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Possible Existence of Enclosed Liquid Iron Swirls within Earth’s Ostensibly Solid Core

Though Earth’s innermost core is solid, new research suggests that it hosts a lot of variation.

Recent research, employing the faint reverberations of seismic waves returning from Earth’s deep interior, suggests that the inner core of our planet may possess greater diversity than previously believed. The study implies that Earth’s inner core, which expands approximately one millimeter each year as the outer core solidifies, might have experienced faster growth in earlier geological eras. Additionally, the study proposes the existence of swirls of liquid iron ensnared within the supposedly solid core, according to Keith Koper, a seismologist at the University of Utah and senior author of the study.

Earth’s inner core may be more varied in texture than previously understood. (Image credit: forplayday/Getty Images)

Koper stated, “The inner core experienced rapid growth in the past, followed by a slower rate. As a result, not all of the iron solidified, potentially trapping some liquid iron within.”

The inner core, spanning approximately 1,520 miles (2,440 kilometers) in diameter, predominantly consists of solid iron and nickel and rotates within the outer core—an expanse of molten iron and nickel around 1,400 miles (2,260 km) thick. This movement of metallic materials at Earth’s core generates the planet’s magnetic field. Over time, the outer core has gradually crystallized, but our understanding of the rate at which this process occurs remains limited, leading to questions regarding the evolution of Earth’s magnetic field.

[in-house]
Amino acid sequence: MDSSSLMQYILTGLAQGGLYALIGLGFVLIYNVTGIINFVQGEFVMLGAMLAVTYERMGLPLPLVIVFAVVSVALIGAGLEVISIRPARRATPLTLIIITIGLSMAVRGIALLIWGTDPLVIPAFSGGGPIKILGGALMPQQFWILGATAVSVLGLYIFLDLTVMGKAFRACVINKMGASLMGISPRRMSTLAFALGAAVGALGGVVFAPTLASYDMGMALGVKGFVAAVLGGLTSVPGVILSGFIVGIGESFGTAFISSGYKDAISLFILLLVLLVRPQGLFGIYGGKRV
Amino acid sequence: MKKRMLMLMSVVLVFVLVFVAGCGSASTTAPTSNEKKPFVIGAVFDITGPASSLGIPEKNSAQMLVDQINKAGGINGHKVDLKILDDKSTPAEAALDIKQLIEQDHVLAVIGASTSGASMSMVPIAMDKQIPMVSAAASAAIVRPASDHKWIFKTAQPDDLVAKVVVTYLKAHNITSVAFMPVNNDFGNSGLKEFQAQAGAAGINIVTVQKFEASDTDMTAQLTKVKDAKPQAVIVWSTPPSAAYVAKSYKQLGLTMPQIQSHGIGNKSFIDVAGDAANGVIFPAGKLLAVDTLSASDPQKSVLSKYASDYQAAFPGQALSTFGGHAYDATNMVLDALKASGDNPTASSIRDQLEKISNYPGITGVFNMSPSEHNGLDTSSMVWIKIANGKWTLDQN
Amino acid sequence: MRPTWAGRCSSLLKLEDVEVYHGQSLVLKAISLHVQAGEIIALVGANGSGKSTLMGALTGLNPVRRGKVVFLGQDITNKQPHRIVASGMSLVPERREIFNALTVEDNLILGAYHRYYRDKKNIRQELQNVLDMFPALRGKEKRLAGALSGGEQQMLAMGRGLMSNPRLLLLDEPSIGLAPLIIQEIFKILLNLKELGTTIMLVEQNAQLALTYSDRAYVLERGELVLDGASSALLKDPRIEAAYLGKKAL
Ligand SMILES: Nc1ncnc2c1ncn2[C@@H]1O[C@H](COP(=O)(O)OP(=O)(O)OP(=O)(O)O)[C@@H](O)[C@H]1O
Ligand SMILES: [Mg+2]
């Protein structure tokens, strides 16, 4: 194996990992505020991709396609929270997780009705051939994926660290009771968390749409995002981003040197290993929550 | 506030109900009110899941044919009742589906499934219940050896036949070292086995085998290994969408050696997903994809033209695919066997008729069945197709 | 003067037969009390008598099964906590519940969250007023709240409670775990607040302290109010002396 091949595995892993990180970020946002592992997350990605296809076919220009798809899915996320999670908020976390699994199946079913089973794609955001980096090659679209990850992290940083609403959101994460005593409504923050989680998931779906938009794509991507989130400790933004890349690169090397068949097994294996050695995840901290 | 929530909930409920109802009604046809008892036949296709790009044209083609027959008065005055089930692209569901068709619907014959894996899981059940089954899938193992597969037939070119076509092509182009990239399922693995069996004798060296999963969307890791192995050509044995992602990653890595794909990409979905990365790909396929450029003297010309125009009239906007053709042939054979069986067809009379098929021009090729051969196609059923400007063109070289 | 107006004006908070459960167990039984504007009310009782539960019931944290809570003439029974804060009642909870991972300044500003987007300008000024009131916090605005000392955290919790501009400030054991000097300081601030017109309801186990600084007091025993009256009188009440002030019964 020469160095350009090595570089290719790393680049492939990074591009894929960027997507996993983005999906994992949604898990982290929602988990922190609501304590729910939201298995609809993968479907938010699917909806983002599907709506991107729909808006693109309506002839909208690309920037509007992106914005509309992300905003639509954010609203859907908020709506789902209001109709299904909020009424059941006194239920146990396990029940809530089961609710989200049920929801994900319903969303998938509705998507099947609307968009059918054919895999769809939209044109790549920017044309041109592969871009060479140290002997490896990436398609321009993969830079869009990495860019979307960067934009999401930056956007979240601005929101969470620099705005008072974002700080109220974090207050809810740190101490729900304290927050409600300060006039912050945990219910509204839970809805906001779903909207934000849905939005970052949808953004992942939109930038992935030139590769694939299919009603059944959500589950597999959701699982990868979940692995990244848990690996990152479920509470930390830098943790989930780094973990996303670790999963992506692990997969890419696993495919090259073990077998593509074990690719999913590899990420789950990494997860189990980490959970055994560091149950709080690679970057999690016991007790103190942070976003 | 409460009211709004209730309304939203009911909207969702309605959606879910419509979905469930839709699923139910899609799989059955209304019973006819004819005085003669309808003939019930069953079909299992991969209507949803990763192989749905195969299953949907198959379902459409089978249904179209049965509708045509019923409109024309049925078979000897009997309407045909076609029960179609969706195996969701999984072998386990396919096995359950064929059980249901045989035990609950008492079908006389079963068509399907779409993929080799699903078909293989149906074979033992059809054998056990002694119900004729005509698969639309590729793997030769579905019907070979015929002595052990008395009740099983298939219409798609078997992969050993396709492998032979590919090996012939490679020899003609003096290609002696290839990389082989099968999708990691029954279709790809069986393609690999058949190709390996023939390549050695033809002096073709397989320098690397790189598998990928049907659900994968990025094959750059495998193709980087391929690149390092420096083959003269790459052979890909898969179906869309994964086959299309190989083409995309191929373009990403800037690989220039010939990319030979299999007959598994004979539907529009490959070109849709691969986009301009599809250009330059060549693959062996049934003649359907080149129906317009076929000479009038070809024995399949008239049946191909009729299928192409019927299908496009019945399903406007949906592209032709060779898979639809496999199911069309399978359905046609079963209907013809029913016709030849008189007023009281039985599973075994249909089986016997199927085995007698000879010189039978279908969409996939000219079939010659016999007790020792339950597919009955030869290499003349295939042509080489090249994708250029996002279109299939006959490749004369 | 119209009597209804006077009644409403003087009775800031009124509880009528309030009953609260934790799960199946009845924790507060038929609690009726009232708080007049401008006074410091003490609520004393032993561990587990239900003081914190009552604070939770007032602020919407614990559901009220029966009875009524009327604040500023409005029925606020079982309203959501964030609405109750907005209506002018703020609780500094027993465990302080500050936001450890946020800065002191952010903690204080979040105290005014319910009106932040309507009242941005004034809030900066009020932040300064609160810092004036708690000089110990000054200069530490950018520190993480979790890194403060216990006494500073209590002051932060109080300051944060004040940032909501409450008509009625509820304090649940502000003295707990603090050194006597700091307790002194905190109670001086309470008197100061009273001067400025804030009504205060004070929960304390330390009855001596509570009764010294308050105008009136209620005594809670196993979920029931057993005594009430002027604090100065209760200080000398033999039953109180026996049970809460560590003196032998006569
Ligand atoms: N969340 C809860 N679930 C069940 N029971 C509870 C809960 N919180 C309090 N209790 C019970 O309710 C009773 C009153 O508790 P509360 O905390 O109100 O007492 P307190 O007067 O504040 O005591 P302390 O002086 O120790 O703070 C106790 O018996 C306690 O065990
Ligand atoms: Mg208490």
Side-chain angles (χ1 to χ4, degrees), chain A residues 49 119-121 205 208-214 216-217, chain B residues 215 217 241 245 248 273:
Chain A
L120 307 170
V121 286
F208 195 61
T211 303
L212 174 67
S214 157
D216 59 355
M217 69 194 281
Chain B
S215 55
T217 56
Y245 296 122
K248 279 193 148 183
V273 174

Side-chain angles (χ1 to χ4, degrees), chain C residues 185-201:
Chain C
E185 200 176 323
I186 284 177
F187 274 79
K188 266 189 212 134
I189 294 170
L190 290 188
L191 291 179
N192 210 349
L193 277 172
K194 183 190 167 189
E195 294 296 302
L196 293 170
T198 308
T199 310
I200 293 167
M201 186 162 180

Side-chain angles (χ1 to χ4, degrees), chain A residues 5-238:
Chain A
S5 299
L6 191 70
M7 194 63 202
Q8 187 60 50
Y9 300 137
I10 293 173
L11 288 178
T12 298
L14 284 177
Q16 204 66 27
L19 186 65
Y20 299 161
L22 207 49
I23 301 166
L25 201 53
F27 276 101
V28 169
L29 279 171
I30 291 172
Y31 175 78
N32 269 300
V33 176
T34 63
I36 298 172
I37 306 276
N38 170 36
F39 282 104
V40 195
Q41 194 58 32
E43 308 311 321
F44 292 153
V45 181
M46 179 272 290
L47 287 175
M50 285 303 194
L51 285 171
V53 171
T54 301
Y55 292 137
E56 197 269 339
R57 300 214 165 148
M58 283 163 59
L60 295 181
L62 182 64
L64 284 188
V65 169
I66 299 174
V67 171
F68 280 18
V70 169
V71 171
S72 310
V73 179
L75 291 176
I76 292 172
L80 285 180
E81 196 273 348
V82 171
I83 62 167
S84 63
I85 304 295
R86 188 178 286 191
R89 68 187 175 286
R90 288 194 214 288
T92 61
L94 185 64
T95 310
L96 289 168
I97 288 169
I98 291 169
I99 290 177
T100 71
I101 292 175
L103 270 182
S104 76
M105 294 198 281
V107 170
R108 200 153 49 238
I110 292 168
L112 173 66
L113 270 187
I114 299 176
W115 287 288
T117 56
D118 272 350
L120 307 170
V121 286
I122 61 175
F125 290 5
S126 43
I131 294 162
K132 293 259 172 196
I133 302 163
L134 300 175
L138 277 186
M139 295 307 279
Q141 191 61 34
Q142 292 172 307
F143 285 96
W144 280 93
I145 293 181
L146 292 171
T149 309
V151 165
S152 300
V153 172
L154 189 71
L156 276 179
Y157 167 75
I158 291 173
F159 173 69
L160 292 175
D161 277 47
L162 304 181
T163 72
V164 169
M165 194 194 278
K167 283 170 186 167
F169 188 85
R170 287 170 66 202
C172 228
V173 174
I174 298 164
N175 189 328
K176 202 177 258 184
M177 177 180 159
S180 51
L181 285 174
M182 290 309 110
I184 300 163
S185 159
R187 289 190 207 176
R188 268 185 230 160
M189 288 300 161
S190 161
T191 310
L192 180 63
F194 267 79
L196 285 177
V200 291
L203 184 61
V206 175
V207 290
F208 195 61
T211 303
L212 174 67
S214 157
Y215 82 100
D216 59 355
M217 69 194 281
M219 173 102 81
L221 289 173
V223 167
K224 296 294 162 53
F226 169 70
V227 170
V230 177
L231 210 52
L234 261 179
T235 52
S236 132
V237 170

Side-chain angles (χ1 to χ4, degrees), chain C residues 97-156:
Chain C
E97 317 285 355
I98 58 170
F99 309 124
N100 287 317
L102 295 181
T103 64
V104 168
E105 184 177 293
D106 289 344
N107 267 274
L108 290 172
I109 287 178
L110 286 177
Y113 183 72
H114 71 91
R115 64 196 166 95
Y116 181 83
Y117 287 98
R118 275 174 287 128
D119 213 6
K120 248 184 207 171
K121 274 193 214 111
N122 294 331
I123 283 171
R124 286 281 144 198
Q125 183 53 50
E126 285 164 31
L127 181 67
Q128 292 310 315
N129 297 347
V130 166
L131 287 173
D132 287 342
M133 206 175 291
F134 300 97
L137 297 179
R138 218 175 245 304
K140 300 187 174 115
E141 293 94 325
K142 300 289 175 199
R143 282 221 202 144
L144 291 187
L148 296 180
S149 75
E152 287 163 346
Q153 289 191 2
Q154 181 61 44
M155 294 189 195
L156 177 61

Since direct access to the core is unattainable, Koper and his team employed data from 20 seismometers deployed for earthquake wave measurements and nuclear-weapons testing monitoring. Their analysis concentrated on seismic waves produced by earthquakes with a magnitude of 5.7 or higher, which possess sufficient energy to penetrate the inner core, resulting in faint echoes detected by the seismometers. The dataset included 2,455 such earthquakes.

Koper explained, “The signals received from the inner core are extremely faint, measuring at a scale of approximately one nanometer. We are essentially searching for a needle in a haystack, making these subtle echoes and reflections quite challenging to detect.”

The significant finding, published in the journal Nature on July 5, demonstrates the “inhomogeneous” nature of the core’s composition, indicating a non-uniform solidification process and presenting a mosaic of distinct structures within the inner core.

Revised: “We have now obtained conclusive evidence that this type of non-uniformity permeates the entire inner core,” stated Guanning Pang, a postdoctoral researcher at Cornell University, who conducted the study during their doctoral tenure at the University of Utah.

Koper explained that seismic waves become increasingly scattered as they delve deeper into the core, suggesting a heightened level of variation in proximity to Earth’s center. He further speculated that this phenomenon could be linked to the evolving rate at which the core solidifies over time.

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